New UN envoy: Yemen stuck in “indefinite state of war”
Posted on Friday September 10, 2021 | 13:22
Updated 4 hours, 56 minutes ago
UNITED NATIONS (PA) – The new UN special envoy for Yemen said on Friday that the poorest nation in the Arab world is “stuck in an indefinite state of war” and that the resumption of negotiations to end more six-year conflict will not be easy.
Hans Grundberg, a Swedish diplomat who took office four days ago after serving as European Union ambassador to Yemen since 2019, told the UN Security Council that “there is no rapid victory âin the civil war in Yemen.
To chart the best way forward, he said, he plans to look at what has worked and what has not worked, and “to listen to as many Yemeni men and women as possible.”
âThe parties to the conflict have not discussed a comprehensive settlement since 2016,â said Grundberg. âIt is therefore high time that the parties to the conflict engage in a peaceful dialogue under the facilitation of the United Nations on the terms of a comprehensive settlement, in good faith and without preconditions.
Yemen has been in the throes of civil war since 2014, when Iranian-backed Houthi rebels seized control of the capital Sana’a and much of the north of the country, forcing President Abed Rabbo Mansour Hadi’s government to flee south, then to Saudi Arabia. Arabia.
A Saudi-led coalition went to war in March 2015, backed by the United States, in an attempt to bring Hadi back to power, and gave support to his government backed by the international community. Despite a relentless air campaign and fighting on the ground, the war has largely deteriorated to a stalemate and created the world’s worst humanitarian crisis. The United States has since suspended its direct involvement in the conflict.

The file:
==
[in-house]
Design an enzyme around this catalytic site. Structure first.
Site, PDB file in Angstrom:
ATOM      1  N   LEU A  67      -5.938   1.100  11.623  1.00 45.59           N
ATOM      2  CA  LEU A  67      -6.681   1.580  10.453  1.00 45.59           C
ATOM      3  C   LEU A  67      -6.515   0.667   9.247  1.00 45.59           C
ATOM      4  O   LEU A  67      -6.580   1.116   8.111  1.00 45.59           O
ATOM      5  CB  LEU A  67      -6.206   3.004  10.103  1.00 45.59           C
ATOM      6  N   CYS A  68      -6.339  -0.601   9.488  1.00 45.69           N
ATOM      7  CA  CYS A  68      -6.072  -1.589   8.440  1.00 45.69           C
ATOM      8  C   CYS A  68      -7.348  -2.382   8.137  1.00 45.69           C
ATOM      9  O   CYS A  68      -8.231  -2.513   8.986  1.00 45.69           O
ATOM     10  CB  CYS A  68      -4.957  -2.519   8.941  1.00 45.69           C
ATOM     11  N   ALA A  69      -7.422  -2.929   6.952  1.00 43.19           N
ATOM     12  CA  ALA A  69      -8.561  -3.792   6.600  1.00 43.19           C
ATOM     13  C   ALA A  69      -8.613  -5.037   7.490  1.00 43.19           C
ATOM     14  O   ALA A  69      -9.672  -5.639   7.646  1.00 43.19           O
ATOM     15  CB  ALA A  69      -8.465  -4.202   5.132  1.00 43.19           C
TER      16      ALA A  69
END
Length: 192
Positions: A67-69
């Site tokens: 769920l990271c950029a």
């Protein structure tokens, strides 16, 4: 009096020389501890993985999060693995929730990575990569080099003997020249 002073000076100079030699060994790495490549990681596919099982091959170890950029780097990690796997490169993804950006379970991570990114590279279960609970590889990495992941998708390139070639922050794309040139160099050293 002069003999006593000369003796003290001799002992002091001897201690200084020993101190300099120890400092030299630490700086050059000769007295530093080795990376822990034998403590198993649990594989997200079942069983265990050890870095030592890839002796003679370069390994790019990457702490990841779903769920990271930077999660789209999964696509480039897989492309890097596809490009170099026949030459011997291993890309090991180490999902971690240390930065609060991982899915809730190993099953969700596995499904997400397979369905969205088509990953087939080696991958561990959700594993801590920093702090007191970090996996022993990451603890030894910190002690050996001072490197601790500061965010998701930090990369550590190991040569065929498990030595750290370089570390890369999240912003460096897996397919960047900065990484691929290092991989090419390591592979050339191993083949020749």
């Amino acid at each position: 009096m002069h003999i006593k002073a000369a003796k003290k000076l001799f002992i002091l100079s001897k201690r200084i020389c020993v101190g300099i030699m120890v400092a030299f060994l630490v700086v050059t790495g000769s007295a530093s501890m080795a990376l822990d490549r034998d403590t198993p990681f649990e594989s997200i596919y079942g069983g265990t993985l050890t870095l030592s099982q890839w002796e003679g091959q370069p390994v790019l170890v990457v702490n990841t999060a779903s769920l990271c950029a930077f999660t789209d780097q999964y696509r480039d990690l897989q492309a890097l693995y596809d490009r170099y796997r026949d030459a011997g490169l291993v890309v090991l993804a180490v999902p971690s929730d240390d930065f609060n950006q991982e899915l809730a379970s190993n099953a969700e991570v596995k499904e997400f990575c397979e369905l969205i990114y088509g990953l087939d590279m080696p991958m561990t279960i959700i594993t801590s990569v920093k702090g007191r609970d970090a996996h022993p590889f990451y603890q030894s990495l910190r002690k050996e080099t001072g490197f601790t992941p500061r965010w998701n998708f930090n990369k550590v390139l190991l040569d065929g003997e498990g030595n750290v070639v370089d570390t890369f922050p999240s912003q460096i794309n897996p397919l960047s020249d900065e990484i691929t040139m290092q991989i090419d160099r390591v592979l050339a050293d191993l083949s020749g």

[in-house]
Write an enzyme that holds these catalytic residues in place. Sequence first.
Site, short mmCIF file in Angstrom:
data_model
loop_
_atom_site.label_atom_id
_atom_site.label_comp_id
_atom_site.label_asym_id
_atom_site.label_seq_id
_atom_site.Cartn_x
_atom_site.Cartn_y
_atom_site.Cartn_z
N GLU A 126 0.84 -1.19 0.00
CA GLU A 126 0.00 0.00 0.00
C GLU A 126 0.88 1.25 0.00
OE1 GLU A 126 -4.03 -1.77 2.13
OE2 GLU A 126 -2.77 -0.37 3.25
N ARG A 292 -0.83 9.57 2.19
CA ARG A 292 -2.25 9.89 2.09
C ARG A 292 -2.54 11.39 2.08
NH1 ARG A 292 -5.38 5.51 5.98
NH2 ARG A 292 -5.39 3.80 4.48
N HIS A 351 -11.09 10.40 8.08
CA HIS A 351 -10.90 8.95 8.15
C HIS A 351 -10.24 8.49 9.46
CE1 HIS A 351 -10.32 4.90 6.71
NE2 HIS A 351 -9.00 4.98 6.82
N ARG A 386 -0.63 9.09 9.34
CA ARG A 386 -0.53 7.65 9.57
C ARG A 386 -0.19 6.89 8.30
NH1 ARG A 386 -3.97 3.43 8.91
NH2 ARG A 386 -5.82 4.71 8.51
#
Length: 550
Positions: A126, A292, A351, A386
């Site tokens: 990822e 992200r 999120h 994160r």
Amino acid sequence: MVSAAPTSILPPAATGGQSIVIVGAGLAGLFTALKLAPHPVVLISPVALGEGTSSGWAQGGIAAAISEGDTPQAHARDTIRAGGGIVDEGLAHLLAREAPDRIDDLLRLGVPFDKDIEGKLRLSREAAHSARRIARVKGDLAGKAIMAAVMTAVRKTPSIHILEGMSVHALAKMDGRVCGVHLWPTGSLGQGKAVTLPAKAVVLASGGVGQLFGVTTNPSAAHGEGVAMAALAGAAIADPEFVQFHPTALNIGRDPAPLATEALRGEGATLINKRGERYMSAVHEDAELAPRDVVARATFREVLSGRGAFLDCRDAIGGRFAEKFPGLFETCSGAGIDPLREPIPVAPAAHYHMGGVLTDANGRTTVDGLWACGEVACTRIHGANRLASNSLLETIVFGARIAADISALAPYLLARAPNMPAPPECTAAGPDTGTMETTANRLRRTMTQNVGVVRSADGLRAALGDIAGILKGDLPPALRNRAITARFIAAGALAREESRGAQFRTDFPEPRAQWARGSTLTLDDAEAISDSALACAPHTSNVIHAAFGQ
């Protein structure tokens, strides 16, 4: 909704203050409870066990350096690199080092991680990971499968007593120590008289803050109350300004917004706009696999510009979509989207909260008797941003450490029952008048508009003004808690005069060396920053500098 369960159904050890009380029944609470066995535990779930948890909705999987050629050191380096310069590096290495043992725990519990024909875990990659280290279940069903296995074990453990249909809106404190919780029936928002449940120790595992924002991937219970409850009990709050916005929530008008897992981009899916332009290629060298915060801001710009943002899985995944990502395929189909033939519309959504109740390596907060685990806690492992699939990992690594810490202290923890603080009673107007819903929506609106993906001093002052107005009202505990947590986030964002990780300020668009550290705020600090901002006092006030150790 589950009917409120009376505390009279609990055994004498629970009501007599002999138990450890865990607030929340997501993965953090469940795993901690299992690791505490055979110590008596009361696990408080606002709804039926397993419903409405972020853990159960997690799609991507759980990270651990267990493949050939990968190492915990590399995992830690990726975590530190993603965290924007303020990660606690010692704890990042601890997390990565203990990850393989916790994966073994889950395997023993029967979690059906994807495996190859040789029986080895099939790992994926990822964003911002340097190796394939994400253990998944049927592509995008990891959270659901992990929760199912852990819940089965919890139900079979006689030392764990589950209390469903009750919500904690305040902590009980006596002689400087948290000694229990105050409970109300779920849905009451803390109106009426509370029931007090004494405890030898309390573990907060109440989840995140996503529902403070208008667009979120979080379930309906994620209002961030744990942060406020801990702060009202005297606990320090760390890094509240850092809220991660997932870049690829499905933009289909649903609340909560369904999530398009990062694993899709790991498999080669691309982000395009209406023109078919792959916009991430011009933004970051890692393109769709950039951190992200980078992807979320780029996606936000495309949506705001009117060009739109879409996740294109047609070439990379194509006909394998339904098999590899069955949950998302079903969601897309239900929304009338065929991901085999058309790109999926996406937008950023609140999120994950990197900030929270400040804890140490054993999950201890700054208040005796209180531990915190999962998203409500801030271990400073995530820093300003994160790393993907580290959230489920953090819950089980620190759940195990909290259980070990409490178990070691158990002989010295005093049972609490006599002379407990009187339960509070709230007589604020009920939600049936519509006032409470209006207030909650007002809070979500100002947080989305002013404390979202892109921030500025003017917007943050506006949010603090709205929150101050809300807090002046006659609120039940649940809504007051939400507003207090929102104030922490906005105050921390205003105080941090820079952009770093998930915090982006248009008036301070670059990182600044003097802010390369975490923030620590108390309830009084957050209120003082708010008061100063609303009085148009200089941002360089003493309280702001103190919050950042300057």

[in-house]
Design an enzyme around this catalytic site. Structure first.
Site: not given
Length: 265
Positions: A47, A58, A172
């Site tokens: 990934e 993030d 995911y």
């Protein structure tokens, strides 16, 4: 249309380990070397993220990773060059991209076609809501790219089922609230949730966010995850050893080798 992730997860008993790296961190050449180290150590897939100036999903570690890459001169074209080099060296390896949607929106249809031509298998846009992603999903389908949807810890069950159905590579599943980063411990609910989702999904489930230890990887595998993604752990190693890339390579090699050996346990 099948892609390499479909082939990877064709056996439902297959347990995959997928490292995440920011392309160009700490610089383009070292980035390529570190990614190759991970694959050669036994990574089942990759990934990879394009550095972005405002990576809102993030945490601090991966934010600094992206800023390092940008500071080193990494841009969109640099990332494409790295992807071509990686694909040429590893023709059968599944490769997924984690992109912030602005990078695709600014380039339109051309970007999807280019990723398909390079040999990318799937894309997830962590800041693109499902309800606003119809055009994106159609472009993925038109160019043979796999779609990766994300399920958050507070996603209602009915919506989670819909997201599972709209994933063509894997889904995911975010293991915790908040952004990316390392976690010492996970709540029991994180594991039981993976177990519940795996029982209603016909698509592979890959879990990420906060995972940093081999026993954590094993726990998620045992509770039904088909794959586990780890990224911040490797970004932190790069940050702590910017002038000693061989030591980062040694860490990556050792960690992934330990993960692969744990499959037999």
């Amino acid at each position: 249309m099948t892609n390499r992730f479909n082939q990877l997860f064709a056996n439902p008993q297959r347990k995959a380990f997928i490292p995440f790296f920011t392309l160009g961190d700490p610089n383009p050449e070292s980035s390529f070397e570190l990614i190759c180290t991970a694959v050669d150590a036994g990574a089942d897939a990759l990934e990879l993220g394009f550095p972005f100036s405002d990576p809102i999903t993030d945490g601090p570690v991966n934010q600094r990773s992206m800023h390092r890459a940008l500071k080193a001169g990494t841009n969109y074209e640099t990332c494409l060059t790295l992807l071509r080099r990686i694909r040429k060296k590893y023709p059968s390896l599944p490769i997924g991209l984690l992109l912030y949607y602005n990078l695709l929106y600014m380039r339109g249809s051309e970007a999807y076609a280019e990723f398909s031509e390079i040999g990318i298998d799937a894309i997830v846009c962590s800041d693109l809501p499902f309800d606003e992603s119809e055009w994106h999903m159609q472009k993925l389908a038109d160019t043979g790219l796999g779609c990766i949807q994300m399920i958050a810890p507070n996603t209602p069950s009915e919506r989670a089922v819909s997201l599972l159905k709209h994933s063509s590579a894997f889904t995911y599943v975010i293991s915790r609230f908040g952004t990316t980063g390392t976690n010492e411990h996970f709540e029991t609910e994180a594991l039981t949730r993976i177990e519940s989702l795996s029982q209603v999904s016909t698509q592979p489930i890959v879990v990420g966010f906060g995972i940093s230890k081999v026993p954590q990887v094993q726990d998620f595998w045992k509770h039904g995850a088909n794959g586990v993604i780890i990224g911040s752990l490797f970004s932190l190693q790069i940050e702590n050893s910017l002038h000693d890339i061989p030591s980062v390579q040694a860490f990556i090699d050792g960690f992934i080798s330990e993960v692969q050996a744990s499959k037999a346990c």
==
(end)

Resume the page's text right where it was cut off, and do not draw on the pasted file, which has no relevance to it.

Grundberg said the UN’s approach to ending the conflict must include “meaningful participation of women”.
He said his first consultations with Yemenis and key regional and international parties “are starting soon.”
The Security Council welcomed Grundberg’s appointment and said in a brief statement that it expects the parties to meet with him “and with each other within the framework of the UN.” auspices, in good faith and without preconditions.
Examining the complex situation in Yemen, Grundberg said that since the start of 2020, the focus has been on the Houthi offensive in the government-owned town of Marib, which has claimed the lives of thousands of young people. and left thousands of displaced civilians living in constant fear of violence and having to relocate again. In the key port city of Hodeidah, there has been “a noticeable drop in ceasefire violations”, but hostilities in the southern districts “are of particular concern,” he said.
In southern Yemen, Grundberg said, there have been regular outbreaks of violence and basic services and the economy has deteriorated. He stressed that grievances and demands from the South must âplay a roleâ in determining the way forward.
Ghada Eltahir Mudawi, deputy director of the UN humanitarian office, told the council that “the threat of famine is not over in Yemen”, but there has been an increase in donor funding in recent months, UN receiving more than $ 1.9 billion. – 50% of its total needs.
As a result, she said, the UN has stepped up assistance, reaching 12.8 million people in June – 3.3 million more than in May – and famine has been averted in the first eight. months of the year.
Mudawi said a high-level side event on Yemen will take place on September 22 at the annual gathering of world leaders of the United Nations General Assembly, co-hosted by the European Union, Sweden and Switzerland.
Entesar Al-Qadhi, executive director of the Marib Girls Foundation for Development, said three of the 200 families who fled their homes in the besieged city this week to escape an attack were relatives.
Beyond the missile threat, she told the council that conditions in the IDP camps are “catastrophic”, saying “people are battered by winds, floods and desert heat without sufficient shelter” and do not have sufficient support and services. .
She urged the Security Council to pass a resolution demanding an end to the Houthi attacks on Marib, saying this should pave the way for a Yemen-wide ceasefire. She also called on council members to support an inclusive peace process “and to ensure the full, equal and meaningful participation of diverse women, youth and civil society” at all stages.